Along with the fat pad, the normal arch acts as a shock absorber for your body when you are walking, running, or jumping. In the absence of any shock absorber, the continual stress from your body weight would such that the bones of your feet would ultimately fracture or dislocate. With age, the different structures that maintain your foot’s arch at its optimum height grow weaker and thinner. As a result, the arch progressively falls, causing the foot to flatten, or collapse. Because a collapsed foot does not work as a shock absorber, it is commonly associated with pain in the foot, knee, hip, and lower back. Not surprisingly, prevention and self-treatment for a fallen arch are similar to those for fat pad loss. Instead of walking barefoot, always support the arches of your feet with well-fitting shoes that provide stability. You may even prefer custom made orthotics, or your doctor may prescribe them, since they’re built to support the specific bones and joints which constitute your foot’s arch.
Your toenails undergo a series of changes as you age, often as a result of the age-related reduced blood circulation to the toes. Toenails may, for instance, thicken and/or develop ridges related to repeated minor trauma, disease or nutritional deficiencies. It’s not unusual for the shape of your toenails to change as you age. However, toenail deformities generally become more pronounced and complicated when dry, thick and hard skin develops in the nail folds and/or a fungal infection of the nail sets in. Toenail fungal infections and dry, hard skin are common, chronic complaints, especially among those aged 65 years or older.Fungi love dark, moist and warm environments. To help prevent nail fungus and other toenail problems, keep your feet clean, dry and moisturized. Ensure, however, that the spaces in-between your toes are dry but not moisturized. Rotating your shoes and changing your socks daily should also be beneficial. Another important aspect of prevention is to clip your toenails straight across, avoiding creating round edges. As you do so, keep your toenail cuticles intact, because they act as a barrier against germs.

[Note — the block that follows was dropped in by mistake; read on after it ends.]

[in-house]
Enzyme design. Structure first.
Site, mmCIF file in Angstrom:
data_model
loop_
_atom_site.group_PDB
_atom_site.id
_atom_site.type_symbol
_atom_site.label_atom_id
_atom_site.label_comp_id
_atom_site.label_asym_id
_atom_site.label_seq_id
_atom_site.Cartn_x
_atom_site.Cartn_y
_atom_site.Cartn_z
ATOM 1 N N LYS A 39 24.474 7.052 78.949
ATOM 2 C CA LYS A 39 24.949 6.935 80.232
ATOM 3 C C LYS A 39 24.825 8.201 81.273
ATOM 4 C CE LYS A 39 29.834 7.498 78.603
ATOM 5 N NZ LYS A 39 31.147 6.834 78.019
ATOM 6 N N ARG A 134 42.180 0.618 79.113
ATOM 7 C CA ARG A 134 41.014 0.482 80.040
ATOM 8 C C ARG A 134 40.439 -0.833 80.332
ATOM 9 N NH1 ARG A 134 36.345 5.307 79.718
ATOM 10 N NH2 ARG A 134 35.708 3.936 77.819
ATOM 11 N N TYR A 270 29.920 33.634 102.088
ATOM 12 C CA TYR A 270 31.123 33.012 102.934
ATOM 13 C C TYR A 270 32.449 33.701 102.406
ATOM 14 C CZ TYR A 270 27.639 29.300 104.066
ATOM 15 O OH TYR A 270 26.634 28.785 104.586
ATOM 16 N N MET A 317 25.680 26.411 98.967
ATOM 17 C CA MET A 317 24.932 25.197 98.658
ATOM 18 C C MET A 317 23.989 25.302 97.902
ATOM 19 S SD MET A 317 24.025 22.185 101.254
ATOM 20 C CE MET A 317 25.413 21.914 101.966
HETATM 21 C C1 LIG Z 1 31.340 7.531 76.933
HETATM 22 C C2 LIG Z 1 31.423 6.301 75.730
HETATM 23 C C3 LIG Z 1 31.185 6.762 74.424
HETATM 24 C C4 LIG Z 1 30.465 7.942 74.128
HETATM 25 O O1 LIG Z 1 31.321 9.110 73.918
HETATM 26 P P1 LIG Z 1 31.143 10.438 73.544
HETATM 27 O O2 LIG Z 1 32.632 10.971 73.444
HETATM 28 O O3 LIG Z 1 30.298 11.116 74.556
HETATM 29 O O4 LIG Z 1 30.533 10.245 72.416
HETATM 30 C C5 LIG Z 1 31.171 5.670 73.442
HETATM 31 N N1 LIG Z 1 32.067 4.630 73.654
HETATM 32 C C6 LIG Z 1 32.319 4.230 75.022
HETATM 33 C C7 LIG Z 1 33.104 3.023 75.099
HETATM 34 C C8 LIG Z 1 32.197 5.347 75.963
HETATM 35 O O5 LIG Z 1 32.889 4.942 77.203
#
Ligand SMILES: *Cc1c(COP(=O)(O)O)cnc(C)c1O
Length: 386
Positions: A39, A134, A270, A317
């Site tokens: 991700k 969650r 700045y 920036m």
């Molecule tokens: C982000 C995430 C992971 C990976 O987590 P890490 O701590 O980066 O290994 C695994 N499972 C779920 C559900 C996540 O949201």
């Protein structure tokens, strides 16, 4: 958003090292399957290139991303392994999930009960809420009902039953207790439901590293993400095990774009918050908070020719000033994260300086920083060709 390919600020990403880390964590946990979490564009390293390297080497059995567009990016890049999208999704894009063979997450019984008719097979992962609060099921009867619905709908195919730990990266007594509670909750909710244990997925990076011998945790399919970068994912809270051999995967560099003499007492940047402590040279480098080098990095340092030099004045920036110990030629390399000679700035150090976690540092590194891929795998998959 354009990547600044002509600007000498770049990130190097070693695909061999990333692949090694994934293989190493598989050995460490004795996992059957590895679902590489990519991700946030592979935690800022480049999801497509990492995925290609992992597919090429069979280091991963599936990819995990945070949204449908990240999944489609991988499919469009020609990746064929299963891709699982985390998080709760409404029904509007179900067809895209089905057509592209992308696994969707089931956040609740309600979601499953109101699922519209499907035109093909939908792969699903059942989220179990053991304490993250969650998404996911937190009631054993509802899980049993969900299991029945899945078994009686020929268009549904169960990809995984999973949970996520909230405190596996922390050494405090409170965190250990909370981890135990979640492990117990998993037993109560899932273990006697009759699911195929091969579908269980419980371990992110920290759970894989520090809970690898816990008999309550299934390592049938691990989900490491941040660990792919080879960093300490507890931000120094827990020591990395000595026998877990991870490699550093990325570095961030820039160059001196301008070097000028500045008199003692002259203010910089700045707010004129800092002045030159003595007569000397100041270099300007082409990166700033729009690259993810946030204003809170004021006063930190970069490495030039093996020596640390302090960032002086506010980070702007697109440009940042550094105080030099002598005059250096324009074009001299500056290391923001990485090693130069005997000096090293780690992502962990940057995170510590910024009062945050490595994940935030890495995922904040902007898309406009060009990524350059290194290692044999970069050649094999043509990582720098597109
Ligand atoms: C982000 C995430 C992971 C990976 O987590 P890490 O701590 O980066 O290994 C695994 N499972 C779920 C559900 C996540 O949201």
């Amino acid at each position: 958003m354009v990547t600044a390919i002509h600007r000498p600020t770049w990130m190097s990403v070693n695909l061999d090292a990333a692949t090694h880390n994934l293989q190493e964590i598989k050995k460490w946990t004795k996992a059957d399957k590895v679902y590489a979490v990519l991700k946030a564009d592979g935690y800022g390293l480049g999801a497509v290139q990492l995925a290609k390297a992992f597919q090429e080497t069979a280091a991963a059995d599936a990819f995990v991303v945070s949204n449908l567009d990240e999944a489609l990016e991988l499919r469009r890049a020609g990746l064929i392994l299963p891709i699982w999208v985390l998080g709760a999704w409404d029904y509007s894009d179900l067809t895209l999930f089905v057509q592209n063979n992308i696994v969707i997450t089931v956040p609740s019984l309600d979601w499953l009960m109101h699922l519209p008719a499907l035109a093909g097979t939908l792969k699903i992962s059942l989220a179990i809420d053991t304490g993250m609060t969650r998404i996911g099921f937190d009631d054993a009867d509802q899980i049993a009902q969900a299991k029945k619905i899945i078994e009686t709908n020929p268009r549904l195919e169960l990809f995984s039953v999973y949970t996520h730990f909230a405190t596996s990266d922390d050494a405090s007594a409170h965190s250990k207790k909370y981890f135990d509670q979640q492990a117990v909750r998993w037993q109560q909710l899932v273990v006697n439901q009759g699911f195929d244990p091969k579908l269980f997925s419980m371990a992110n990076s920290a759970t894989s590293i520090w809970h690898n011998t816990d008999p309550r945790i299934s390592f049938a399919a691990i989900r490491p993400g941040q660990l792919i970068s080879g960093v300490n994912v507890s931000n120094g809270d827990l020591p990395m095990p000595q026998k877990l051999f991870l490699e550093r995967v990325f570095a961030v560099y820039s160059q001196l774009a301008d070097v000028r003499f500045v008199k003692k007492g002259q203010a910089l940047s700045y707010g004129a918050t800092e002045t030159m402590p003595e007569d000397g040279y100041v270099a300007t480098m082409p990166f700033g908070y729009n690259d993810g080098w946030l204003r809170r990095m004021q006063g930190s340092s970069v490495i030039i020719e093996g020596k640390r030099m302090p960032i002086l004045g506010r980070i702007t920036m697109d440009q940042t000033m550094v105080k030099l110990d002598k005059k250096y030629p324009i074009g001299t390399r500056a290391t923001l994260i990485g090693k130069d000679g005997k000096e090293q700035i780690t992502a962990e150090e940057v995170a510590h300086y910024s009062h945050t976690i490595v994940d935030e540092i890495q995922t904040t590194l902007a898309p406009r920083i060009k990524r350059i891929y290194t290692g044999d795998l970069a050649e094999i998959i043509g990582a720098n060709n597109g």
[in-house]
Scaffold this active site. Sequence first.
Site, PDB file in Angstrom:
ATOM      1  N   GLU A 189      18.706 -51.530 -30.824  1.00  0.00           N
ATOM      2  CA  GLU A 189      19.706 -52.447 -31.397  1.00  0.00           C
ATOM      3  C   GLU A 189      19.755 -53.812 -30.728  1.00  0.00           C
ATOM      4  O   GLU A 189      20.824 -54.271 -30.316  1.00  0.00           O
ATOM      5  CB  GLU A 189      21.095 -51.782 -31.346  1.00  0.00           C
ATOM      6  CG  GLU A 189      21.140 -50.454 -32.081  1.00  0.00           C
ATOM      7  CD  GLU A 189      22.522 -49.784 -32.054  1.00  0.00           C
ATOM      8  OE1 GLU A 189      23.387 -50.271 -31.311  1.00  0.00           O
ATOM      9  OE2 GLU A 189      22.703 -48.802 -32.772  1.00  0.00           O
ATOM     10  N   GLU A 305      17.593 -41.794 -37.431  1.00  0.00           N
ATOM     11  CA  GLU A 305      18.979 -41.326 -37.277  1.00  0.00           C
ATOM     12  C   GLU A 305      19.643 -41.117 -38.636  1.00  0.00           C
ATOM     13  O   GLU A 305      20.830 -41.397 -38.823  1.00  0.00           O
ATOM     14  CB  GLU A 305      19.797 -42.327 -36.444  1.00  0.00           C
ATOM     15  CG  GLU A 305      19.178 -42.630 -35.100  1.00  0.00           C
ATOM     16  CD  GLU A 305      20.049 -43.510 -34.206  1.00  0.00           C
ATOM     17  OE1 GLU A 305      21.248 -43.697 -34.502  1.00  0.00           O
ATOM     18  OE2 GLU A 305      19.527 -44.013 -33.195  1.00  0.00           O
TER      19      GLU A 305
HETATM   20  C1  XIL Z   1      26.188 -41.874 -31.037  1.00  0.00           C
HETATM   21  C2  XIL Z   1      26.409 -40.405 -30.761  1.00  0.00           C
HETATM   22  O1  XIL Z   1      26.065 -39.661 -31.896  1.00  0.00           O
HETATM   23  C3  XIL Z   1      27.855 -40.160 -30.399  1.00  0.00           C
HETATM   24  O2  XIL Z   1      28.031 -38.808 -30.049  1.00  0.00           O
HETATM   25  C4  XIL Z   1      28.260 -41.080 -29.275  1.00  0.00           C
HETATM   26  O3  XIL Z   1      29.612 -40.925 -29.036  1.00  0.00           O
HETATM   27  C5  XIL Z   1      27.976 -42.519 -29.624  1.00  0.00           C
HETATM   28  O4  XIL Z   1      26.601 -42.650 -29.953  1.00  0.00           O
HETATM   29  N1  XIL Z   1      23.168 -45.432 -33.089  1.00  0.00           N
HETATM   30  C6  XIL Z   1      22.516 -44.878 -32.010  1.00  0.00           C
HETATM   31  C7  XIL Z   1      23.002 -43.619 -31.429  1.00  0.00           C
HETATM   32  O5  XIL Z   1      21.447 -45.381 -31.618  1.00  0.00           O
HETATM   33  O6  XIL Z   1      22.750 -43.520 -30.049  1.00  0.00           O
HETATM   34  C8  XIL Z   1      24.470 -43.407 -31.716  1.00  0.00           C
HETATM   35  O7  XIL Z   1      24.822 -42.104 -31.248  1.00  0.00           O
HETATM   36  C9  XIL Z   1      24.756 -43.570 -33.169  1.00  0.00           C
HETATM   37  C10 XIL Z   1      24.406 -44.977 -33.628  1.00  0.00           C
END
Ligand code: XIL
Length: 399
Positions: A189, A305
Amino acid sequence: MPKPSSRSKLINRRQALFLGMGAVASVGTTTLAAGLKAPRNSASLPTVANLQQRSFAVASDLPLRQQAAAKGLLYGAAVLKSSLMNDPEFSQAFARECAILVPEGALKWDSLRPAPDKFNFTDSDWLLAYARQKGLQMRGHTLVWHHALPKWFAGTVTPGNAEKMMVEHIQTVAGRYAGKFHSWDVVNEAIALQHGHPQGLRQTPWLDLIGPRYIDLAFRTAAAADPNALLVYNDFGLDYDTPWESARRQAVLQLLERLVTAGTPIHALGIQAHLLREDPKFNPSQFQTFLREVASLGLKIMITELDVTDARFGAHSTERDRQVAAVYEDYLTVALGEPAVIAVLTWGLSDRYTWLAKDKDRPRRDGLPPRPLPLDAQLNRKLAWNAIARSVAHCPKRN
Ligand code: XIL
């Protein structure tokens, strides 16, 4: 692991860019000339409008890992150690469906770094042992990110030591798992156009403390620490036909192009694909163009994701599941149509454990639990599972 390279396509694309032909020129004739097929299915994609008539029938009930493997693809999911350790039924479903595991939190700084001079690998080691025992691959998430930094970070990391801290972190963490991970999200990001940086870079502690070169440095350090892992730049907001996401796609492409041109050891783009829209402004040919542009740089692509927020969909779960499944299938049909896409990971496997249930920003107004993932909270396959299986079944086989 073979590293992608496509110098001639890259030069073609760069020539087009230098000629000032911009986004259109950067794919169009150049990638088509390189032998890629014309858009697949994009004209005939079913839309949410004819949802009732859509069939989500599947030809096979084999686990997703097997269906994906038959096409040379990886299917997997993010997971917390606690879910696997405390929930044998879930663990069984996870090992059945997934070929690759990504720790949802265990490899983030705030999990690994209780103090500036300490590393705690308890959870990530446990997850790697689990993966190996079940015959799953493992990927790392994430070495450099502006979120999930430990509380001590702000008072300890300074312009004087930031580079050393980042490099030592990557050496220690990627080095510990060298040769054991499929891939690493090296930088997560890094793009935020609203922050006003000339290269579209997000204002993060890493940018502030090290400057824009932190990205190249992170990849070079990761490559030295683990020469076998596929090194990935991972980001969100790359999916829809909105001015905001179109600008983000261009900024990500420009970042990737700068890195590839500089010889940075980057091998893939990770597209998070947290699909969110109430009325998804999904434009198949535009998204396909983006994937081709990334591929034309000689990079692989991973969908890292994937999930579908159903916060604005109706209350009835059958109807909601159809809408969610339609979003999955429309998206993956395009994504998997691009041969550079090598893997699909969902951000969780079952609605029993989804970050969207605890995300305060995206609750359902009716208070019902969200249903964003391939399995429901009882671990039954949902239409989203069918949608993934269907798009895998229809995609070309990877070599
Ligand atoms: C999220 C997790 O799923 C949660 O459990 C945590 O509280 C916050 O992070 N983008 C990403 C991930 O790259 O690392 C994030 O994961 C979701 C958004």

Muscle & Soft Tissue Changes
With time, your lower extremity progressively loses muscle mass and soft tissue density. This leads to a decrease or lack of physical activity, which in turn increases the likelihood of foot injury. Indeed, as you age, even minor trauma can lead to a fracture and a significant limitation of activity. As an illustration, the loss of muscle mass of foot bones known as interossei is a triggering factor for the development of hammertoes, the falling down of metatarsal bones, as well as the thinning and displacement of the plantar fat pad. Peripheral vascular disease and arterial insufficiency can also cause toenail changes and lead to rest pain, calf pain with activity, coldness and skin color variations. There may, on occasion, be a loss of sensation and other changes related to neuropathy. As the muscles, ligaments and tendons in your foot lose strength and power, they are no longer able to maintain your bones and joints in their proper alignment. As a result, your feet increase in length and width. You may also develop crooked toes and fit. For the proper fit, have your feet measured whenever you shop for shoes and always make your purchase at the end of the day, when your feet tend to be most swollen. The right shoe for you should fit from the moment you try it on and should have a toe box wide enough to allow your toes to comfortably wiggle. To avoid aggravating such problems as hammertoes, corns, bunions or arthritis of the toes, opt for shoes with a deep and wide toe box, and which accommodate the shape of your foot.
While many of these changes are not always welcome, they are normal. But if the changes you experience are causing you any pain or discomfort, by all means, visit your physician to have a complete foot exam.